’90s Ford Gets Shift Paddles And A Digital Dash Upgrade

The EA Falcon took Ford’s popular Australian sedan line into the 1990s, even if it gave way to the EB Falcon by the end of 1991. Few would call it high tech, but it introduced several innovations to the platform that were very of its time. One hacker, however, has taken a humble EA Falcon and given it a set of homebrewed modern upgrades.

The maroon EA Falcon has scored a Barra heart transplant as well as some nifty digital upgrades.

The example in question is an EA Fairmont Ghia, which featured a handful of high-tech displays in the dash cluster, which was very on trend in the late 80s and early 90s. This dash has seen much revision, however, and now features a large TFT display and a smaller OLED unit, both of which show various vital statistics for the car. The screens have been neatly hacked in, one as part of the tachometer, the other replacing the original fuel and temperature gauges. With the data displayed on the screen instead, there’s no need for the original dials.

The car is also fitted with a more modern drivetrain. The EA scored a Barra six cylinder from a BA Falcon, along with its computer-controlled BTR 4-speed automatic transmission. First seen on the EB model, the BTR was considered a very modern unit in the early 90s, and is readily modified for manualized shifts. In this build, a pair of 3D-printed paddle shifters have been added to the steering wheel to enable Tiptronic-like operation.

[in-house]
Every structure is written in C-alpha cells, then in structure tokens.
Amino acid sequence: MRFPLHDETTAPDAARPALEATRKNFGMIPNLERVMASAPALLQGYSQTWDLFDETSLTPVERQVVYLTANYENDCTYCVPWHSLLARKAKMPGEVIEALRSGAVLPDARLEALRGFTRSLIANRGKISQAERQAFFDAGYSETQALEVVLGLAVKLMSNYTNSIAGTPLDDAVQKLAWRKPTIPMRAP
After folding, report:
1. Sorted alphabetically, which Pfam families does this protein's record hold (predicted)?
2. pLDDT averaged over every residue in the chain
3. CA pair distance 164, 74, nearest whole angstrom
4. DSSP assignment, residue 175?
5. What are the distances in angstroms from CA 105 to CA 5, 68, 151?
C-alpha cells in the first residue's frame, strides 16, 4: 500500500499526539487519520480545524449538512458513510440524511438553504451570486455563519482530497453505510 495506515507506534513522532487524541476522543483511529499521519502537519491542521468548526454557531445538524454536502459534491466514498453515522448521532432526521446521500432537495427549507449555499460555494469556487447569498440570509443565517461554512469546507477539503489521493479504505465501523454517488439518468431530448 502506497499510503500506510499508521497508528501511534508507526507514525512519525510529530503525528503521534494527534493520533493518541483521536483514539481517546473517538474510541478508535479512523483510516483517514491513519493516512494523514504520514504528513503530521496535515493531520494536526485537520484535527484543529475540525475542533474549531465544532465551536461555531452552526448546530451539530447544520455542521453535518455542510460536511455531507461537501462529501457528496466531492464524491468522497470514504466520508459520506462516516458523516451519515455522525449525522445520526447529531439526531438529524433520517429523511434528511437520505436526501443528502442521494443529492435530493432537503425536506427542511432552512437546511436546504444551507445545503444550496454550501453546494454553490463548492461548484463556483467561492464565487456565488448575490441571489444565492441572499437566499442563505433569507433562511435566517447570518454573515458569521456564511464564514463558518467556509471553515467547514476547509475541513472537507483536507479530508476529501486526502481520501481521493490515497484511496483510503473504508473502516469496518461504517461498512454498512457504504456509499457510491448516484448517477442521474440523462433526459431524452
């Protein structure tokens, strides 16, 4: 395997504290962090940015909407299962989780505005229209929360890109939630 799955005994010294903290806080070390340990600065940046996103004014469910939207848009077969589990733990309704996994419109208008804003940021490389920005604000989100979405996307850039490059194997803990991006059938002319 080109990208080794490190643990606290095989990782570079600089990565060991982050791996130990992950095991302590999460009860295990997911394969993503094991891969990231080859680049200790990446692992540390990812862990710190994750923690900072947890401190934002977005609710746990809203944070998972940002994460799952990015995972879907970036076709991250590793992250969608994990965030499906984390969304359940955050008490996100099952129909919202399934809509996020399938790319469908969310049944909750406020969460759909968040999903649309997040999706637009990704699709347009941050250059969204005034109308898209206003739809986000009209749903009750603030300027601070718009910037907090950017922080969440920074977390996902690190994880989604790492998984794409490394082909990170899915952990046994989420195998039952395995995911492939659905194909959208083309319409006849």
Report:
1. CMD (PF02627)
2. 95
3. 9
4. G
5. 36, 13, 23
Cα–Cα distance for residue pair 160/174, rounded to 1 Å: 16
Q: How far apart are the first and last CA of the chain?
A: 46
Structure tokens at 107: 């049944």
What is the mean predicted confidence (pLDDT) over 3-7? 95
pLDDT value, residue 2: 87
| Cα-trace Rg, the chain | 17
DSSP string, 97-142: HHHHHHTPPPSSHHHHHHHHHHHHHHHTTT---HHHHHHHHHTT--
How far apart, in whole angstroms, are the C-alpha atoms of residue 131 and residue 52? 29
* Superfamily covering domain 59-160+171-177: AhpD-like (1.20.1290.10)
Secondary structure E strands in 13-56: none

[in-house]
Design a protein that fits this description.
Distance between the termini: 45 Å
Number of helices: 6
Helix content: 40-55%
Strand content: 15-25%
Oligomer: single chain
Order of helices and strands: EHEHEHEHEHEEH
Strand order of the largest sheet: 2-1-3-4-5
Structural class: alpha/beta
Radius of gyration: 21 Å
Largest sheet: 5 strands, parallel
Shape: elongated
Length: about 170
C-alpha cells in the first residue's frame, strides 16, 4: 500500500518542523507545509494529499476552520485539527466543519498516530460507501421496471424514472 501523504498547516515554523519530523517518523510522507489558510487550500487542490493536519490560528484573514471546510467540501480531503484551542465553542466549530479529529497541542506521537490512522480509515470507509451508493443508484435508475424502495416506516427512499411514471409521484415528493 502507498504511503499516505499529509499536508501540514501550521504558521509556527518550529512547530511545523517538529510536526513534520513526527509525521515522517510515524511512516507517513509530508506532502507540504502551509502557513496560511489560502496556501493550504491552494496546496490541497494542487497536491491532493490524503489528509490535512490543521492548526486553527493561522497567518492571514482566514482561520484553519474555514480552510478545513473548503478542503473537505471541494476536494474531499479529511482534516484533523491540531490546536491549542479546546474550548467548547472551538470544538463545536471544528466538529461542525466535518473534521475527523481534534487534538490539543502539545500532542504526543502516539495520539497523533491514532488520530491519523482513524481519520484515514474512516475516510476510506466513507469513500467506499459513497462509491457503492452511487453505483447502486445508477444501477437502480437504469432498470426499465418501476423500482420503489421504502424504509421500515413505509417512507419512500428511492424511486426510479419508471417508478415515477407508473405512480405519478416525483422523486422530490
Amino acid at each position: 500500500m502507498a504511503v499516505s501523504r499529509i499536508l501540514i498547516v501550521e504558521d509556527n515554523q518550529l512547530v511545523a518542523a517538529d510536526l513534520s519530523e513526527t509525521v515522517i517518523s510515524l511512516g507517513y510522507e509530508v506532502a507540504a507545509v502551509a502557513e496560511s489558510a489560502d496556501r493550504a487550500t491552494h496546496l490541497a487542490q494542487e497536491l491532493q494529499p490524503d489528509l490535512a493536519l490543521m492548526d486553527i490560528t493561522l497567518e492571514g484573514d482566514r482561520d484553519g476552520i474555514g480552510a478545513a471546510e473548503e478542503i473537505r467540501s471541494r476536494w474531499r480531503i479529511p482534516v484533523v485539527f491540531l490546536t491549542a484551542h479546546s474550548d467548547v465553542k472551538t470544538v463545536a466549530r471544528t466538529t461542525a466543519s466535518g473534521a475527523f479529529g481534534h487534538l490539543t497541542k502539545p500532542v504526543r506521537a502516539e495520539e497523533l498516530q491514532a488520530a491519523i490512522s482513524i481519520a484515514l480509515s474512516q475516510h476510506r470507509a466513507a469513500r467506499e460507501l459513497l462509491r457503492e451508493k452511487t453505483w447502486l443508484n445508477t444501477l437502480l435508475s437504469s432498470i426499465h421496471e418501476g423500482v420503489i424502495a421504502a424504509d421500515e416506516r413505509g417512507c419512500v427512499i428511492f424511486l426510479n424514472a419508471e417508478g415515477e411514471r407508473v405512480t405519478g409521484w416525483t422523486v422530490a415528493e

Modern fuel-injected vehicles are often ripe for hacking in this manner. Everything from Arduinos to CANBUS shields and the like can be used to open up a car’s systems and bend them to one’s own desires. We’ve seen it done time and again, with hackers creating everything from fancy sci-fi digital dashboards to working active aerodynamics! These days, armed with what you can grab off the shelf, the sky really is the limit. Video below.

7 thoughts on “’90s Ford Gets Shift Paddles And A Digital Dash Upgrade

  1. Now it just needs some seats that don’t break your back and suspension that doesn’t resemble the 3month old cucumber in the back of fridge and we might have a car that can actually be driven ;-)

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